December 2019


Here’s the thing about Case Studies.

Case Studies that you might read, I mean.

Case Studies to inform your work.

Your industry.

Or your next move.

Maybe the thing you’re reading the Case Study about.

Is too late for you to act upon.

Because someone did it already.


Maybe Case Studies are not those things that shine a light on where you should go.

Maybe Case Studies are those things that help us to understand where not to go.

Because whatever they’re illuminating.

Has already been done.

Case Studies. 


Case Studies.

Are you reading them?

Or writing them?

I know my answer.

What’s yours?

When Coldplay first happened.

19 years ago.

In 2000.

I really liked them.


Yet with the passing of time.

I was unsure if I really liked Coldplay ‘back then’ simply because they were new.

And I was unsure if I grew to like them less because they became popular.

(This is quite typical of course).

But, these days, there is no uncertainty in my mind.

I am sure why I liked them in the beginning.

It’s because Parachutes is the best album they ever did.


Parachutes is the album that Chris Martin sings best on.

These are the songs that his voice was born for.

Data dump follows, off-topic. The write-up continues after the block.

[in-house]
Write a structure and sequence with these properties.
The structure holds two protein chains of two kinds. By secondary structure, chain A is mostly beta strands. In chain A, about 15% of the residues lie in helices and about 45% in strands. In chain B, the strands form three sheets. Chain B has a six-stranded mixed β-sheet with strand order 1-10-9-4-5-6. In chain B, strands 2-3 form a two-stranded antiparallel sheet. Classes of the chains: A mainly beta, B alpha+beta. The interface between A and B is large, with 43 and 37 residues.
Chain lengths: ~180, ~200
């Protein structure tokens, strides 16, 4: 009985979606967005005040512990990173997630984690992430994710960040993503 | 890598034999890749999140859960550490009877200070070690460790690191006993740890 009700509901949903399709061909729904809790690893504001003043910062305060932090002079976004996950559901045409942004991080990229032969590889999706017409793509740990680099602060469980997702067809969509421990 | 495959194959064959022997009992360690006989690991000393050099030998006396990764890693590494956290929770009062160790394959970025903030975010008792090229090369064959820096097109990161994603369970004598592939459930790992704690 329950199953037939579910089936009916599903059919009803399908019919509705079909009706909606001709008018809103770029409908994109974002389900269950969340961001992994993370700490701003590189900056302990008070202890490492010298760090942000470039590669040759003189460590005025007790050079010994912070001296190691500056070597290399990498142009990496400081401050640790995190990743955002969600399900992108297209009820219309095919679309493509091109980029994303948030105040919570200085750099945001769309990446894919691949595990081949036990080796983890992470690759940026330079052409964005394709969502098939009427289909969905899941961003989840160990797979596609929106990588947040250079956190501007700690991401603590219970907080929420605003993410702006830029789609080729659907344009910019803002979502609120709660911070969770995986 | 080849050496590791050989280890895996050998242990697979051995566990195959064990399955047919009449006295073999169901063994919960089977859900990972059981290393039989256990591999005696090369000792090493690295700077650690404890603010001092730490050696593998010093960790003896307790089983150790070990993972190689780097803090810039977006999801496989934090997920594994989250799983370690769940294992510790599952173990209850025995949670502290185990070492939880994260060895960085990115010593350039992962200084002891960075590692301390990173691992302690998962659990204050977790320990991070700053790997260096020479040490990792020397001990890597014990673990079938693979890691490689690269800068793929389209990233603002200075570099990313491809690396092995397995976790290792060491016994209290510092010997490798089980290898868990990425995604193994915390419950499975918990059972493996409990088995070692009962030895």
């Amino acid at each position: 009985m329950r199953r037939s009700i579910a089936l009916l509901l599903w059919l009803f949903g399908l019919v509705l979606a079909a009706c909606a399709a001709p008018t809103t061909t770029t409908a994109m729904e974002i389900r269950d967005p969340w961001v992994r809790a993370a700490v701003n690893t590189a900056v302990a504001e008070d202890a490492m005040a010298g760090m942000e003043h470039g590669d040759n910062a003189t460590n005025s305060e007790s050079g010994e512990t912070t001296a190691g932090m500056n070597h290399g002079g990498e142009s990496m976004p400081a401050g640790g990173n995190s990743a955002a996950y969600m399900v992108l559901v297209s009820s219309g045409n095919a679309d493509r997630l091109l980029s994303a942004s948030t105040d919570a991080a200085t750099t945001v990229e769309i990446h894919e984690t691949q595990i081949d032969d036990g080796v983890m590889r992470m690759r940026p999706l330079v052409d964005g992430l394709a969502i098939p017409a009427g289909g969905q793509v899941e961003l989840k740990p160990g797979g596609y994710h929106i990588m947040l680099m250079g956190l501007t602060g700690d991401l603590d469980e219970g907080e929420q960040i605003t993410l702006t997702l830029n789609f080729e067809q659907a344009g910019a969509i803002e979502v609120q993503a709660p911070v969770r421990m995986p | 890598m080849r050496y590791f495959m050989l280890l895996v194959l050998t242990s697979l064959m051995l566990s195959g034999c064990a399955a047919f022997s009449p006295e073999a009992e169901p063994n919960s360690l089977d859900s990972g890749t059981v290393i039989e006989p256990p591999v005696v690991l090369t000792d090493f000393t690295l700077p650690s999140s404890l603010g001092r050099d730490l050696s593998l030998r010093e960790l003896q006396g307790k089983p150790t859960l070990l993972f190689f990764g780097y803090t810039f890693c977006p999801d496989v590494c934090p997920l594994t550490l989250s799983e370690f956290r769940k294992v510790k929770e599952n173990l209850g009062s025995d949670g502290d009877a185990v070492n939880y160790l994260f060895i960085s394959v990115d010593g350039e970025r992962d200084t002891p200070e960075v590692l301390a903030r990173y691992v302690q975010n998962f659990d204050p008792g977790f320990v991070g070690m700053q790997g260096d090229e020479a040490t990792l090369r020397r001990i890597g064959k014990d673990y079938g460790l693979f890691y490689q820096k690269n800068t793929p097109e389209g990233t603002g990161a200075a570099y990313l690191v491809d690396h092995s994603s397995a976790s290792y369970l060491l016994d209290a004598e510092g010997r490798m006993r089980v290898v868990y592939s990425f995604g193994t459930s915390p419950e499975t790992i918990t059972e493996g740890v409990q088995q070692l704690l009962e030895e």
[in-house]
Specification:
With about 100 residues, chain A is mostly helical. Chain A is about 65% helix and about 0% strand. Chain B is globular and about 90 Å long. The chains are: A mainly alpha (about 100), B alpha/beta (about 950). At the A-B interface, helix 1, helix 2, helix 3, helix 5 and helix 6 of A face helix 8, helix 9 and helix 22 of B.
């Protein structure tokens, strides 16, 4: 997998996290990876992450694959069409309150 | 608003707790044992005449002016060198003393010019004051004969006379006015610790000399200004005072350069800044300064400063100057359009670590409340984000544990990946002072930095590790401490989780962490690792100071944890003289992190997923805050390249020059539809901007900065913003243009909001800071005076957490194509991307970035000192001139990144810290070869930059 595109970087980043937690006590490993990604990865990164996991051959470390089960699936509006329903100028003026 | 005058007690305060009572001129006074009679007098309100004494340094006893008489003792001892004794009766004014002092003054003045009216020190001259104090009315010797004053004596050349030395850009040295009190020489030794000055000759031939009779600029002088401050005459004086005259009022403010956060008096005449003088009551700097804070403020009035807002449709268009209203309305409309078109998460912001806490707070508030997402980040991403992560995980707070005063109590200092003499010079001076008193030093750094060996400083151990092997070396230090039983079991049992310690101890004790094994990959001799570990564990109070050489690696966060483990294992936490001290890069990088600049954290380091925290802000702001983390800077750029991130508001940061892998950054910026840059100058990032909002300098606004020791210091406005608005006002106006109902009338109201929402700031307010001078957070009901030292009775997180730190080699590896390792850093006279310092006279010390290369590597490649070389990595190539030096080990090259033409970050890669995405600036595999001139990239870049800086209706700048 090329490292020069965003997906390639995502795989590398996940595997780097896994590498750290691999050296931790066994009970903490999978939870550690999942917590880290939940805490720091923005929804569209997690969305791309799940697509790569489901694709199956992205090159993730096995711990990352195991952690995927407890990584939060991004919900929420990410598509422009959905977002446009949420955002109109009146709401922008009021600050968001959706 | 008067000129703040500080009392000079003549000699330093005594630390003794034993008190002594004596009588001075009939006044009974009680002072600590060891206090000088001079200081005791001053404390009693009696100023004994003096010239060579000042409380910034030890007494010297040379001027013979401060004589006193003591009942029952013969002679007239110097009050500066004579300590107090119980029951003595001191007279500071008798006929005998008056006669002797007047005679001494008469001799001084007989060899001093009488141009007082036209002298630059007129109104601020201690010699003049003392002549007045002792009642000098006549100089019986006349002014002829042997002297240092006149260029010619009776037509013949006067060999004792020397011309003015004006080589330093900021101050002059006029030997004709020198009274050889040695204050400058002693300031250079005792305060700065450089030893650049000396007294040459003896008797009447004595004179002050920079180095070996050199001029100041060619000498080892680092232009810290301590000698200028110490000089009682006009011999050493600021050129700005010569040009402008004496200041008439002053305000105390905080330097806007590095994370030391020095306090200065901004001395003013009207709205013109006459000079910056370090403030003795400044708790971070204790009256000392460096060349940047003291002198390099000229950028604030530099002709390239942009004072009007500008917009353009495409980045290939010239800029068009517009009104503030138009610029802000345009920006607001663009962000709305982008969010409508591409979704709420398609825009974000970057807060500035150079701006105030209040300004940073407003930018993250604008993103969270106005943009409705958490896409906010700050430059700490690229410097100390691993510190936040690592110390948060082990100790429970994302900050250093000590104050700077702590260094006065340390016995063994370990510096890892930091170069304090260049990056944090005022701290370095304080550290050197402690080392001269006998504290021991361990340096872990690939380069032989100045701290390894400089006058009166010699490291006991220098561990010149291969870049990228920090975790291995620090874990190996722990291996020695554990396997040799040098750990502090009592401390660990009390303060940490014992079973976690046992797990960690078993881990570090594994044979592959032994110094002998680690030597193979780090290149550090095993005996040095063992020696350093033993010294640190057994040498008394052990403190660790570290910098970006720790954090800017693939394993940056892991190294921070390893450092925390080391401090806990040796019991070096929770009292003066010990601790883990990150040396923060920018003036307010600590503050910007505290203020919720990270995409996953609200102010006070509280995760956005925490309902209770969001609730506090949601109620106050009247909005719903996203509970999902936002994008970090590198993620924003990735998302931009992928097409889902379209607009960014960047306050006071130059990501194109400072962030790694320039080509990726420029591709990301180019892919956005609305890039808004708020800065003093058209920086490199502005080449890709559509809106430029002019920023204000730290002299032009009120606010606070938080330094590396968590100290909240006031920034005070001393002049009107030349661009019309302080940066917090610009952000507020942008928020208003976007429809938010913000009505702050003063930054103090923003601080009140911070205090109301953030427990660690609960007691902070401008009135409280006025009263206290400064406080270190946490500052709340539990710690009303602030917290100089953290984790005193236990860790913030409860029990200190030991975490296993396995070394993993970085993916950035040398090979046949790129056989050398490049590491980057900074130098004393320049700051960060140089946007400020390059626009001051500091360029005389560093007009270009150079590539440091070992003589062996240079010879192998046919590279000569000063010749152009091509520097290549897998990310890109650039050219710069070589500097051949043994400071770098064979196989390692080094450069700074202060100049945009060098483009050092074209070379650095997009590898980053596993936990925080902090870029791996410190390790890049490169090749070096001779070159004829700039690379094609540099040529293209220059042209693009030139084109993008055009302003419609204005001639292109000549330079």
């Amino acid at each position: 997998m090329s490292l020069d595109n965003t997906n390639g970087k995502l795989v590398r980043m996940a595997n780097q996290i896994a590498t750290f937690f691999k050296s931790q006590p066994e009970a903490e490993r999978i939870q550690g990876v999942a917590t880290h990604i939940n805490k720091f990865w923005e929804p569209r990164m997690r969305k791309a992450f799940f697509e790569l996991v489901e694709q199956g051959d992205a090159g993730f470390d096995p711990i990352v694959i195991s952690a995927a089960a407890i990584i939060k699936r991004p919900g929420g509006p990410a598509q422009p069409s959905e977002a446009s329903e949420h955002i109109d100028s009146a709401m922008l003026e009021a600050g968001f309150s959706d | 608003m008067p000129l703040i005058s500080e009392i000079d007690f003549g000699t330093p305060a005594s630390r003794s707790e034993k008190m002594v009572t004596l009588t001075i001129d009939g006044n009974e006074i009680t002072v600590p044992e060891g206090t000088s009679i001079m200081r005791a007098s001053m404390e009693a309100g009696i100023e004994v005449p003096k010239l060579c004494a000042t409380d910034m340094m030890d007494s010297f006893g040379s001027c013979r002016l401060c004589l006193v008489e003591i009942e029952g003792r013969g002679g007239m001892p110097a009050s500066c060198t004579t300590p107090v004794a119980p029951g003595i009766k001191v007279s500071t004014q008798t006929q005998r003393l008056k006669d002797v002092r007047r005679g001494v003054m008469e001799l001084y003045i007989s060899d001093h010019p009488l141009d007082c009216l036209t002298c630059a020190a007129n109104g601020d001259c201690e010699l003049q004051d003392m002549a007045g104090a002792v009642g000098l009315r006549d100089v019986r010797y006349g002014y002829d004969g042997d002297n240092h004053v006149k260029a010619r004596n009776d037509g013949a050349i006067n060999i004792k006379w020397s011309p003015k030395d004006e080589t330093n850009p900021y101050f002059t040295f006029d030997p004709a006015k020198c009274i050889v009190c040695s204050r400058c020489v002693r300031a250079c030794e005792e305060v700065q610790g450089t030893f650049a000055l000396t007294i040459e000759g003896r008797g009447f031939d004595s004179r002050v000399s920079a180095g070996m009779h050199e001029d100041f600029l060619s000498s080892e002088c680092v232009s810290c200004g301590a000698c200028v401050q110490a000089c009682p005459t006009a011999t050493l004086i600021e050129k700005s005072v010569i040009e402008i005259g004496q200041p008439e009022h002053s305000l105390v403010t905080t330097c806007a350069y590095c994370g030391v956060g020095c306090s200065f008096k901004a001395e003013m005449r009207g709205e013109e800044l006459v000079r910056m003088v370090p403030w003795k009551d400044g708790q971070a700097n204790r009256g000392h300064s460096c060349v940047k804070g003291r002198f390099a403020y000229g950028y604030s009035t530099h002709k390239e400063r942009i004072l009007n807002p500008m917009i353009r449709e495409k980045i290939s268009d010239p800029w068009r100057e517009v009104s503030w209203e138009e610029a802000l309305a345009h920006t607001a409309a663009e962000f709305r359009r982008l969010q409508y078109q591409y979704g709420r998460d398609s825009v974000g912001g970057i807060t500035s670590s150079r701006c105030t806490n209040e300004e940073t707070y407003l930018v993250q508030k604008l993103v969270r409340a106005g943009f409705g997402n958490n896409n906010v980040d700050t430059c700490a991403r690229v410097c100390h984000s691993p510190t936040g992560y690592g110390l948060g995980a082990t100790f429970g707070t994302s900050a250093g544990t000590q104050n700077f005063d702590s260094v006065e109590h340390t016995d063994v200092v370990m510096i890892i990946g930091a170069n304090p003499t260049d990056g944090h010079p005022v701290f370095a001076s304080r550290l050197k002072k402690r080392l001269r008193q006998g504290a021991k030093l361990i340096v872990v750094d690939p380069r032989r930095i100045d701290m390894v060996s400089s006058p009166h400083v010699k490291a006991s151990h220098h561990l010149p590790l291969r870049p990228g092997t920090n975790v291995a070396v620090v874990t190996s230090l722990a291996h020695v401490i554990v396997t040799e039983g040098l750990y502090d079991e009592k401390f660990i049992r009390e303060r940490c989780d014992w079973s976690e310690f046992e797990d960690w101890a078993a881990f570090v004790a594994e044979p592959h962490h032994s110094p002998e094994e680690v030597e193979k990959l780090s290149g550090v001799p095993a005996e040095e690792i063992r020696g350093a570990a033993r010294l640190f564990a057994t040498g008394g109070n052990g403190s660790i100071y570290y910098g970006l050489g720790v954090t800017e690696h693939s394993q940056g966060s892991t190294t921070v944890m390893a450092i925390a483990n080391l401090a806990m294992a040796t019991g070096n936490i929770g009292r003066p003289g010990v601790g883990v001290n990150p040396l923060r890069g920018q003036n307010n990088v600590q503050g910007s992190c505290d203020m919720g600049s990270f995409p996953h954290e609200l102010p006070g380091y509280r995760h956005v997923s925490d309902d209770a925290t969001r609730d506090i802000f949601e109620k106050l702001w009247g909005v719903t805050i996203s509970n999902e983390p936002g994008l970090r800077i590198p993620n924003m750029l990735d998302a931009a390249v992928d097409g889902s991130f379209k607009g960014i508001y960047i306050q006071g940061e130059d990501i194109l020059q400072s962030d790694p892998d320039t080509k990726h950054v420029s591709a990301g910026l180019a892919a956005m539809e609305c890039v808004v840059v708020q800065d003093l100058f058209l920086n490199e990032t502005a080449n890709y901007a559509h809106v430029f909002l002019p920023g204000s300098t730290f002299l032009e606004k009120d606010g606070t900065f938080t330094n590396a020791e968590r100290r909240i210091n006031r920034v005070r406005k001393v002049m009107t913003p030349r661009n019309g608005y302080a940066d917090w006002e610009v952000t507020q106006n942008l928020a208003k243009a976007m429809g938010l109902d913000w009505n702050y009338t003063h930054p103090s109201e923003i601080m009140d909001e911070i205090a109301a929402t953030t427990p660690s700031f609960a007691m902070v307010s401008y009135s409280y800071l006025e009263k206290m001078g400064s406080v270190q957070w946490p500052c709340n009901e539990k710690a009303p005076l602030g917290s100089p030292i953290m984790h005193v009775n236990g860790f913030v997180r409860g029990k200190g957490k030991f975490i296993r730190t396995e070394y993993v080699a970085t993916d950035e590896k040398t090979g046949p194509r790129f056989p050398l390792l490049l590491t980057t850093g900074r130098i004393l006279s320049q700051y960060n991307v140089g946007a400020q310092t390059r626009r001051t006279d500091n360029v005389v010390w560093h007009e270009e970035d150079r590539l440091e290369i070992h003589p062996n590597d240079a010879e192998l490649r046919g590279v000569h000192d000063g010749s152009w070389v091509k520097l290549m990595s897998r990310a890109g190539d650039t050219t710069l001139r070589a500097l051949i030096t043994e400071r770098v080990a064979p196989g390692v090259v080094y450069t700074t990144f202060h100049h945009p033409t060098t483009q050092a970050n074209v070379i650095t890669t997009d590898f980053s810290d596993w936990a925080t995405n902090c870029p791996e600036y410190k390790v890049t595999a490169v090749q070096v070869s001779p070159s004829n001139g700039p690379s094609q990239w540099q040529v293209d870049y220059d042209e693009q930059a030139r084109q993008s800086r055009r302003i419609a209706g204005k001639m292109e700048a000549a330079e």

The songs are simple.

And bare.

And beautiful.

And here it is:


I am wasting less time than I used to.

On crapness.

Because I’ve started wearing a watch.


It sounds silly I know.

And it sounds like I have very poor self control.

(I do have very poor self control with many things, actually).

But this watch thing is real.

And it’s probably real for you, too.



Each time I pick up my IPhone to see what time it is.

I have alerts.

On the screen.





The BBC website.

And goodness knows what else.

And this ‘aren’t I popular?‘ dopamine hit means I forget that I looked at my phone to see what the time was.

Because I get sucked into reading the crap.

And 10 minutes later.

I’m reading about someone I don’t really know.

Chest-beating about winning something I’ve never really heard of.

And that’s another 10 minutes of my life.

Gone forever.


So there’s a thing.

If you want more time to do worthwhile things.

Get a watch.

Who knew?

So there we go.

Another one gone.

Well; in a month it will be.

Here endeth another decade.


I lived for 1 and a half years of the 60’s.

All of the 70’s.

All of the 80’s.

All of the 90’s.

The noughties.

And it’s looking like I’ll make it through the 2010 to 2020 decade, too.

So that’s 6 decades so far.


I’ll leave my 7th decade (2020 to 2030) aged 61.

I’ll leave my 8th decade (2030 to 2040) aged 71.

And, if statistically on-par, I’ll leave my 9th decade (2040 to 2050) dead.

I’ll have died in 2049.

Aged 80.

The List.

The big question for me then.

(Whilst I’m on this ‘decades’ thing).

Is what am I going to do with this next decade, then?

This 2020 – 2030 decade.

What’s on the list?

What will happen to me?

And what will I make happen?

Well; if I manage to stay alive, these things will very likely occur.

I’ll see Izobel become a teenager.

I’ll have no mortgage.

I’ll go bald.

I’ll have a life-threatening or life-shaking health scare.